My most intense memories of Spain go back more than 25 years, even though I've visited since then. They are the glorified summer memories of childhood. My family was part of that caravan of guest workers (the wave of immigrants who came to Germany during the postwar years) who would load up the Opel and drive home to Spain every year, first through France, and then along the Mediterranean coast to my parents' village. We would spend 30 hours in the car, stopping only at gas stations, with a chain-smoking father at the wheel. The back seat was for me, my two brothers and one suitcase. I loved those trips.
After the conversation with Jordi Évole, I decided to make the trip again; driving along the coast as we had done before, but taking more time to talk to people. I wanted them to explain to me what had happened to Spain, a country that has been driving me to insanity for some time. I couldn't even say exactly why. Could it be the inability to produce something meaningful, the disgusting overdevelopment, the audacity with which Spaniards expect help from the bailout fund?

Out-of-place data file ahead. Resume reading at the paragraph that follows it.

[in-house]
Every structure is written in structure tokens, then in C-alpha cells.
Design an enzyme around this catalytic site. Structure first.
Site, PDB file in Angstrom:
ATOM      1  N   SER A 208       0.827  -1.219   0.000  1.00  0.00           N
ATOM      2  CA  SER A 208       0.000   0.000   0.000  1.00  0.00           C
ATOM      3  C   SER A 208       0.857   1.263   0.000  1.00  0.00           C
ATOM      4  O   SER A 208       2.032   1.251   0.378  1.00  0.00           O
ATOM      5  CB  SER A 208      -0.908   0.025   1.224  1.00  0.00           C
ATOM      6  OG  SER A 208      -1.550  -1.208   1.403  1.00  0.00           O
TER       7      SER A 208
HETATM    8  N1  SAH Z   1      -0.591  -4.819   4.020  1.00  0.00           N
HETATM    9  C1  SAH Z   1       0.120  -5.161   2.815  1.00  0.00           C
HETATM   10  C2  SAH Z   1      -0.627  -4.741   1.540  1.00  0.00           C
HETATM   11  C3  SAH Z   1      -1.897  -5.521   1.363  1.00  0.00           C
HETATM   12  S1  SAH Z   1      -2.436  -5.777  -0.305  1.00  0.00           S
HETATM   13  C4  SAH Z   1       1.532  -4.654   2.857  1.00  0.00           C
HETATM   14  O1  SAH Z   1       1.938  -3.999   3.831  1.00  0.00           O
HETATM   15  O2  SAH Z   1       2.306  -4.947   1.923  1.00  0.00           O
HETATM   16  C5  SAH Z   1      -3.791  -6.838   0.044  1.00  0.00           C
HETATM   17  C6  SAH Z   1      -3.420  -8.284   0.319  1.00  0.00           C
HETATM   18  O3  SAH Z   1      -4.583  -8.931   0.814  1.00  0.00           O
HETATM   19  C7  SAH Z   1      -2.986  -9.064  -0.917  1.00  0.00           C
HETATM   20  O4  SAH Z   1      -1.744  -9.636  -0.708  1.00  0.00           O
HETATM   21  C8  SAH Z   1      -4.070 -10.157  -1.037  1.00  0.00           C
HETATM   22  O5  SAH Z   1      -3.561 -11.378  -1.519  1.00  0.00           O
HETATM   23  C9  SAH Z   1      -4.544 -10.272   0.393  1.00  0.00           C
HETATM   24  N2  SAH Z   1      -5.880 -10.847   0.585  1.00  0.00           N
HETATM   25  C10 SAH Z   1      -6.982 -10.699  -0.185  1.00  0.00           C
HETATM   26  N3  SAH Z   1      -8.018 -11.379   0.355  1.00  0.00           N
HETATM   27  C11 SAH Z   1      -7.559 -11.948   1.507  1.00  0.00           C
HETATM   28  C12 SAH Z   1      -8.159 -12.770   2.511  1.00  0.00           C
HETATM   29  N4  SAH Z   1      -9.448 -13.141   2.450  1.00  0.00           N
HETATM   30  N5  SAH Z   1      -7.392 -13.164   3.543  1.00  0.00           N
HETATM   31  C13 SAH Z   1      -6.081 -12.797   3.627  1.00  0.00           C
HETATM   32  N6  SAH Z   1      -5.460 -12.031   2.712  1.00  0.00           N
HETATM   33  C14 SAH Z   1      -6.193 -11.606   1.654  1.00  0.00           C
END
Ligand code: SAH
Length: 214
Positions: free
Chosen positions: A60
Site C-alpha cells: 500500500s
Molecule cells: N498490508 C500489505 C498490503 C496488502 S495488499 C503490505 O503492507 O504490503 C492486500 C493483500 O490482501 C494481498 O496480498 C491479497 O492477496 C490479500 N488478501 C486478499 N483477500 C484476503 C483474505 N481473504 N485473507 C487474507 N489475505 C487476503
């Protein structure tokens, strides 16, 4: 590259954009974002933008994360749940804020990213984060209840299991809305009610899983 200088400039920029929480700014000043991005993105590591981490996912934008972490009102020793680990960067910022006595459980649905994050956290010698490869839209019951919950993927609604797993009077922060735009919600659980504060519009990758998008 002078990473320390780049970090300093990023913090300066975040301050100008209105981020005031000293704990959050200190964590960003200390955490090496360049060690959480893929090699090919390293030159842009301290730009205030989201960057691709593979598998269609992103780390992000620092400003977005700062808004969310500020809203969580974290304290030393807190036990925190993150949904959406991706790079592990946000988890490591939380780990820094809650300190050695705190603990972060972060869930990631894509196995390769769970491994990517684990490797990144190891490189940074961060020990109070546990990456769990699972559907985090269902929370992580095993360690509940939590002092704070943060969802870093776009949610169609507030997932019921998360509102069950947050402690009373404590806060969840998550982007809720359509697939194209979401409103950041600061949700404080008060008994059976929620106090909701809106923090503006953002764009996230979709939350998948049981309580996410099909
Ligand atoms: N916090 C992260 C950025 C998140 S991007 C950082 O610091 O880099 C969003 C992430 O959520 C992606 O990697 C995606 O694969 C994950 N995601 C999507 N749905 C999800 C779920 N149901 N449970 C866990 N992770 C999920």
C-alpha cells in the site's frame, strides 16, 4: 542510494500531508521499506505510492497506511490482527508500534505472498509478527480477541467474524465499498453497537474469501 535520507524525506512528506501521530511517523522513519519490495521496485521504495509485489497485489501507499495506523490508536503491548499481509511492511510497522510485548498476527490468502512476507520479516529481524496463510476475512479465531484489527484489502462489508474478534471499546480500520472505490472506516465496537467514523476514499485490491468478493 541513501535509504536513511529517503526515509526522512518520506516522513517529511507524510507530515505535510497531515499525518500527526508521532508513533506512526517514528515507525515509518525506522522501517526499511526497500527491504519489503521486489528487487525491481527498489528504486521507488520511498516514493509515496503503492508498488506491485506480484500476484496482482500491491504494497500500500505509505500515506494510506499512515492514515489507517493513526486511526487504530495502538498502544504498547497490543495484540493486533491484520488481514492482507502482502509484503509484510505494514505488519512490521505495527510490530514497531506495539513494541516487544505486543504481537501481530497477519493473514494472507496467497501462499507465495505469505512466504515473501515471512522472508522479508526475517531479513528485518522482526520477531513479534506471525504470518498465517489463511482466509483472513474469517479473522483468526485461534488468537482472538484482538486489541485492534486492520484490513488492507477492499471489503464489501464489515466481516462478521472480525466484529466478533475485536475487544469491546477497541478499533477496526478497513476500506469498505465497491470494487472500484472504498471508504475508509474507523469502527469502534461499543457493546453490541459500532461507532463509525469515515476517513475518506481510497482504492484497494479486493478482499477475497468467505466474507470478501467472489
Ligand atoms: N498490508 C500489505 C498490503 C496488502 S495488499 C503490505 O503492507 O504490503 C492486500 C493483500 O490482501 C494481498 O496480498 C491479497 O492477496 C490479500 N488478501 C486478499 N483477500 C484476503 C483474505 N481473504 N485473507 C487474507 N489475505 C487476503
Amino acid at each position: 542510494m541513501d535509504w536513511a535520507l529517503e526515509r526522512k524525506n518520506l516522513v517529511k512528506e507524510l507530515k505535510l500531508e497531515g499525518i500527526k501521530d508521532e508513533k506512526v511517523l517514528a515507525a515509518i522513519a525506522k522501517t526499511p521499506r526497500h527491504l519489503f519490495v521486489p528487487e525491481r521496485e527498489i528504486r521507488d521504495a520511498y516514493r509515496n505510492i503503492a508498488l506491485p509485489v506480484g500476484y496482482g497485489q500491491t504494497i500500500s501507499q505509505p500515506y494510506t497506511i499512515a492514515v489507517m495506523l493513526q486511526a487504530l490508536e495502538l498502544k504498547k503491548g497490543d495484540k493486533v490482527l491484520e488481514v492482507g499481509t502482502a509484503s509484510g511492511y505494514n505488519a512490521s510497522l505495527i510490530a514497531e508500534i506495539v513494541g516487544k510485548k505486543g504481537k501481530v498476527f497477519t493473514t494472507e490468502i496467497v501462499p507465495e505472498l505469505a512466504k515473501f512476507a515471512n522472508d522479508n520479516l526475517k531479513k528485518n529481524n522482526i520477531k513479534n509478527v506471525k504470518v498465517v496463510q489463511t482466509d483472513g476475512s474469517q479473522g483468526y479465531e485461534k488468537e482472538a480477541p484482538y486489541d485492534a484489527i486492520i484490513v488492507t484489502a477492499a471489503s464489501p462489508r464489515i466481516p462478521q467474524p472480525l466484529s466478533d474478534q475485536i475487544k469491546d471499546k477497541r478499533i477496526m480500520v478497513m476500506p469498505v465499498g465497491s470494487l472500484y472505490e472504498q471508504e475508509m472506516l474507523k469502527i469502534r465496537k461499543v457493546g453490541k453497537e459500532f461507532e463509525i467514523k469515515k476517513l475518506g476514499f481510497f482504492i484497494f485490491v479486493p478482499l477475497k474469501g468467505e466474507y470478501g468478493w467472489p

The first real Spanish big city I can remember is Barcelona. That's where my trip begins. Back then, it wasn't a city of boutique hotels and tapas in the Barri Gòtic Gothic Quarter or of Romance studies students learning Spanish and searching for meaning in Barcelona. In my childhood, it was a city without a beltway. It hadn't been built yet. My father hated the anarchy of traffic, SEAT cars, the Guardia Civil, which, in the early 1980s, had lost Franco's protection but not its disgusting arrogance. Despite the heat, my mother forced us to roll up the windows. Confidence tricksters were waiting for German cars at the traffic lights, she said. I hated Barcelona.
It's different in 2012. I arrive after Spanish Prime Minister Mariano Rajoy has prepared Europe for the possibility that rescuing Spanish banks could cost 100 billion ($123 billion). Previously, he had claimed that Spain would never need help.
I watch the news on television in my hotel room. As usual, it consists of two parts: the horror film and the fairy-tale hour. More and more depositors are emptying their accounts, the Spanish autonomous community of Castile-La Mancha is closing 70 schools, unemployment is almost 25 percent -- that's the horror film. In the fairy-tale hour, they talk about the Spanish national football team.